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Sunday, December 4, 2016

For an activist, Kathleen Glueck is exceptionally polite. When speaking, she reflexively checks her tone, careful to not monopolize a conversation.

“I’m rattling on too much,” she says, unnecessarily apologetic.

After sending me data to make her case, she writes, “Don’t want to inundate you with too many reference materials cluttering up your email!”

Bring it on.

America needs to hear more from the likes of this Cape Cod grandmother. And they will. Despite her gentle demeanor, Glueck admits she is “a dog on a bone” about gun violence.

There is a reason why. She has eight grandchildren. One was a 4th grader at Sandy Hook Elementary School in Newtown, CT the day Adam Lanza went on his rampage with assault weapons.

Glueck’s grandson survived. But he heard the entire killing spree — the screams, the gunfire, the pleading — while hiding inside a cabinet meant for storing musical instruments. Lanza killed himself outside the classroom.

“I can’t take away the grief and lifelong challenge for my family,” she said. “But I just have to do something.”

Grandmothers Against Gun Violence is her something. (Visit the group’s website at www.capecodgag.org).

This is how social change occurs. Bit by bit, voice by voice. As Glueck points out, society didn’t always think smoking was bad for the lungs. We didn’t always use seatbelts or find it necessary to pick up after our dogs in the park. But people do now, reflexively even, without question.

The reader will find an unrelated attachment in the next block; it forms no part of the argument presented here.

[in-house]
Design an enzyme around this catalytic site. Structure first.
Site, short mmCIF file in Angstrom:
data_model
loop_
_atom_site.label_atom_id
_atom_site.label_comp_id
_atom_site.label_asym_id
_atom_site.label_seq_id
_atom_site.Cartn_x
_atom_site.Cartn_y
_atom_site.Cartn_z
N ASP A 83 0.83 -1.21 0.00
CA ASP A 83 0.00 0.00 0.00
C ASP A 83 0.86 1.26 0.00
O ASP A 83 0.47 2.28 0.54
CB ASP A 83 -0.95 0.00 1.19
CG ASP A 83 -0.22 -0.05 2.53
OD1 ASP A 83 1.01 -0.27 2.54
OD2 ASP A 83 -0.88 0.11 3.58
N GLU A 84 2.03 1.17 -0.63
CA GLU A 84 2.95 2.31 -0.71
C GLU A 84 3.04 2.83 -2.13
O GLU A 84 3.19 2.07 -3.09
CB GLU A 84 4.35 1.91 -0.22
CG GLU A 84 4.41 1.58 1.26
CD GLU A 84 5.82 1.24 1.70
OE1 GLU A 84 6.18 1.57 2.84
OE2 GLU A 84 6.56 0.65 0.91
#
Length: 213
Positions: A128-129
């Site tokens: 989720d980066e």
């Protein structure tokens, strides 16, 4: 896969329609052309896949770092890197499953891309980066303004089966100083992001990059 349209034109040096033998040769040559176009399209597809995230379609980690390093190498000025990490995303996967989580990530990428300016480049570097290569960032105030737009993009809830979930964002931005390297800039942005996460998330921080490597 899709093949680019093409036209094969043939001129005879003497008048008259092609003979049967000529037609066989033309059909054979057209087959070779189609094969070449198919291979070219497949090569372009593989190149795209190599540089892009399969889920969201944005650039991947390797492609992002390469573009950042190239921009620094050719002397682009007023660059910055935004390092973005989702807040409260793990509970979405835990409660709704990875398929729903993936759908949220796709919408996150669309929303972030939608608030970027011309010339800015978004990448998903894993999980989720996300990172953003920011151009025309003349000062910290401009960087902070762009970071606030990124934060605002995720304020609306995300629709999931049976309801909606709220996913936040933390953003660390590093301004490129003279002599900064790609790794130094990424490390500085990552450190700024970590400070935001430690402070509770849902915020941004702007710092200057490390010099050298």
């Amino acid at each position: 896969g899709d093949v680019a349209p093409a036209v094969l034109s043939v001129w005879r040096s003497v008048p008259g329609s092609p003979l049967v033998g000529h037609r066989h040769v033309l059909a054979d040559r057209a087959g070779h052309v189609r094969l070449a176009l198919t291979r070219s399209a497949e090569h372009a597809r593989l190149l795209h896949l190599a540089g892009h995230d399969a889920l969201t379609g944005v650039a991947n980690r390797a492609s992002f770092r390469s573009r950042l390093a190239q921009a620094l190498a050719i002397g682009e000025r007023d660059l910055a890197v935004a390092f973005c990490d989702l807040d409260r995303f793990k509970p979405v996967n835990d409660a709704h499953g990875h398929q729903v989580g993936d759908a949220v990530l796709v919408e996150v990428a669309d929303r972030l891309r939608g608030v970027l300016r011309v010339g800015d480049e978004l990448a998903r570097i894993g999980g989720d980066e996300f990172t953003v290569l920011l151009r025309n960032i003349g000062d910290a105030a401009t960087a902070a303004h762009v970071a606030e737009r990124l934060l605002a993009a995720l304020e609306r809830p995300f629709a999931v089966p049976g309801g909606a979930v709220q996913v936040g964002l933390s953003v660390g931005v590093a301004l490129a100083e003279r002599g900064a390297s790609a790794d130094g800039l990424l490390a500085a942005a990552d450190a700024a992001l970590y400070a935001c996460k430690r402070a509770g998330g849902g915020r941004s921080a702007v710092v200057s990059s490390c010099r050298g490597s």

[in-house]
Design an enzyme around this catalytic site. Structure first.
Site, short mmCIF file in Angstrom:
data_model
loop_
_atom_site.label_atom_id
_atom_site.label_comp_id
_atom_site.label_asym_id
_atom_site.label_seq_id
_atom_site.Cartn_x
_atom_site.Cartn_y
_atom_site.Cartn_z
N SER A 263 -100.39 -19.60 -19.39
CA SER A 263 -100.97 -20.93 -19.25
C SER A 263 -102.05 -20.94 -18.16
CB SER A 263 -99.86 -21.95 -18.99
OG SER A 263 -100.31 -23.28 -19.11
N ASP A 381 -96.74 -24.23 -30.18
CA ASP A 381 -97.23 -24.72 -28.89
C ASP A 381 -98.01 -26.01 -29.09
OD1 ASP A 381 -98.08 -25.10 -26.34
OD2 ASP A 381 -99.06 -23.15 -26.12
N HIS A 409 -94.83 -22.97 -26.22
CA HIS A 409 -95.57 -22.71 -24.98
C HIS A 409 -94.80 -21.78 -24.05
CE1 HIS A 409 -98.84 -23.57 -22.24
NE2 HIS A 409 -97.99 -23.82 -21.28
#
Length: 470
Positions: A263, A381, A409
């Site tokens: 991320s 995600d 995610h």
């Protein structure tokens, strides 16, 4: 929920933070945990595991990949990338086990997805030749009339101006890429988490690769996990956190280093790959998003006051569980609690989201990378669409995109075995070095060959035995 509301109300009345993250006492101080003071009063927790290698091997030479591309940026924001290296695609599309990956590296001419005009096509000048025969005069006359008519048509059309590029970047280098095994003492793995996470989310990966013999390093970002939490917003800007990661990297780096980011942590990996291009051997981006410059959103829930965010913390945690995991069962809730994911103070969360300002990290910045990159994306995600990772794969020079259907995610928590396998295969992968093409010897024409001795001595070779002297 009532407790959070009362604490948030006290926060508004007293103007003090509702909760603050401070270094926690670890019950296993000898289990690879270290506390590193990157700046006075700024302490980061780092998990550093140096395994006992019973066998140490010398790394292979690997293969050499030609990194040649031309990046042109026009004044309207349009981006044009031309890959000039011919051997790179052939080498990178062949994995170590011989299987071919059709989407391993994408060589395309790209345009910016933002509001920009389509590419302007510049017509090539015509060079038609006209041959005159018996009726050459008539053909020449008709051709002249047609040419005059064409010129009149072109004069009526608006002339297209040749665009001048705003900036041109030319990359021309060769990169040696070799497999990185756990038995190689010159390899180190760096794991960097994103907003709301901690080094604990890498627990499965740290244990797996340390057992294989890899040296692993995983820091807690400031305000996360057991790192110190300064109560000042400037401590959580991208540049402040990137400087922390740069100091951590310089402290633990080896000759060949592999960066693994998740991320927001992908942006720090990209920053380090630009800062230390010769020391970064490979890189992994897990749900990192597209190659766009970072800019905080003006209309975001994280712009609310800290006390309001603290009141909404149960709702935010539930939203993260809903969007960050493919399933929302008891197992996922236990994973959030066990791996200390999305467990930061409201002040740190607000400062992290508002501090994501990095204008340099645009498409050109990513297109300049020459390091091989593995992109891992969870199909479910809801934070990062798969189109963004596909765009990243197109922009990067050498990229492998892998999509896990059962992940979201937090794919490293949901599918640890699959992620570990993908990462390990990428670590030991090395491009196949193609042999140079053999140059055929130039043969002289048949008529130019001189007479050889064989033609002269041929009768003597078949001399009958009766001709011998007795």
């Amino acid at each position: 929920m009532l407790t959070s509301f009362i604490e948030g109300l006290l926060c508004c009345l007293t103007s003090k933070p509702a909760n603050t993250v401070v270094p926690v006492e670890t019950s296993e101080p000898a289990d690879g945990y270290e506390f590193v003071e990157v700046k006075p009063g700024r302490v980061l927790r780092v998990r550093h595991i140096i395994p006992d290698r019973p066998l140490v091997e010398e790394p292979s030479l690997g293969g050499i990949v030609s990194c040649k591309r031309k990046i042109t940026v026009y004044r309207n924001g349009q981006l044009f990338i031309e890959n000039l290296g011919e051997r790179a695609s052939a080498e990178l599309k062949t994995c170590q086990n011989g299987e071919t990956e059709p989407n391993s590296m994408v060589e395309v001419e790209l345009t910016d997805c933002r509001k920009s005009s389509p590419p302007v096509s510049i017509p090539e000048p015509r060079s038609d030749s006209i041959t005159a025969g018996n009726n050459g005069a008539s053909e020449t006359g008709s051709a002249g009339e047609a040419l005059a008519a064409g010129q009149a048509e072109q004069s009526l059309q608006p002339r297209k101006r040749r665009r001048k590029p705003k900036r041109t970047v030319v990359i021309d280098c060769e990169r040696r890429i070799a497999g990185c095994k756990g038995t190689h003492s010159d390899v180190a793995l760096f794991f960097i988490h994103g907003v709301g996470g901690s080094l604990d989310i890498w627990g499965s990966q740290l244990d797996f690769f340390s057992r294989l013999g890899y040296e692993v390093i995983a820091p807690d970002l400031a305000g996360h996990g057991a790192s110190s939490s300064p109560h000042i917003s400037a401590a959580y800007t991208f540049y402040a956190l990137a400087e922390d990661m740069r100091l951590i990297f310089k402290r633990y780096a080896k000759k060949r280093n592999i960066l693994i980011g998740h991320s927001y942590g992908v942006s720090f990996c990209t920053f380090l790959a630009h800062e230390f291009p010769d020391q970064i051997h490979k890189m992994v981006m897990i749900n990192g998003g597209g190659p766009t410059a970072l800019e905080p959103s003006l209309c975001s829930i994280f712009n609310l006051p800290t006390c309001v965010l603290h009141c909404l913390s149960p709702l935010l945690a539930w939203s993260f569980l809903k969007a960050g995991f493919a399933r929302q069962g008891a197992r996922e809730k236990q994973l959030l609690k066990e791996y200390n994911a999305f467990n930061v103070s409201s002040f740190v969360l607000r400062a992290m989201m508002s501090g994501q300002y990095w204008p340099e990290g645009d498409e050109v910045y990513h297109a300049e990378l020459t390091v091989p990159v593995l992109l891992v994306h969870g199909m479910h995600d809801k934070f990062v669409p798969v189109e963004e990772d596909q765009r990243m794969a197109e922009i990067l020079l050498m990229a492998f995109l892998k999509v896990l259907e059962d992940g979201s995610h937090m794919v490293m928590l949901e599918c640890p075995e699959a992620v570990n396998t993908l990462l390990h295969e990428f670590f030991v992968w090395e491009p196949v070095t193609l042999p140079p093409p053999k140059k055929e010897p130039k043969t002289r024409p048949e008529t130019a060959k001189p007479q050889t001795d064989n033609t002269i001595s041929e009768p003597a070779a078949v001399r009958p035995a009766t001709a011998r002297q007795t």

Grandmothers Against Gun Violence began inauspiciously in January, as the creation of another concerned grandmother, Linda Alhart of Cummaquid, MA. Alhart wrote a letter to her local newspaper after the Newtown murders expressing dismay at the bloodshed.

People began to contact her, echoing her desire to create a safer community, proposing some outlet for their grief. They began having gatherings that quickly outgrew Alhart’s living room. You just need a heartbeat to join, they say. The members press the message that they are not against guns, just gun violence.

Now, Grandmothers Against Gun Violence has more than 100 members. It has pending 501(c)3 status, meaning contributions will be tax deductible. Alhart is looking into forming chapters in other states. And they’ve affiliated with the Brady Campaign to Prevent Gun Violence, along with a few other gun safety groups.

Like the handful of mothers who founded MADD, and the bereaved sister behind the breast cancer foundation Susan G. Komen for the Cure, and the father whose passion helped initiate the National Center for Missing and Exploited Children, Grandmothers Against Gun Violence are committed and vow to be tenacious.

What they will not be is argumentative, at least not in the conventional manner we’ve come to expect in the gun control debate.

Grandmothers Against Gun Violence are not itching for a fight with the National Rifle Association. (As it happens, Glueck’s father, an avid hunter, was a member.) They are bipartisan and uninterested in belabored dissertations on the Second Amendment.

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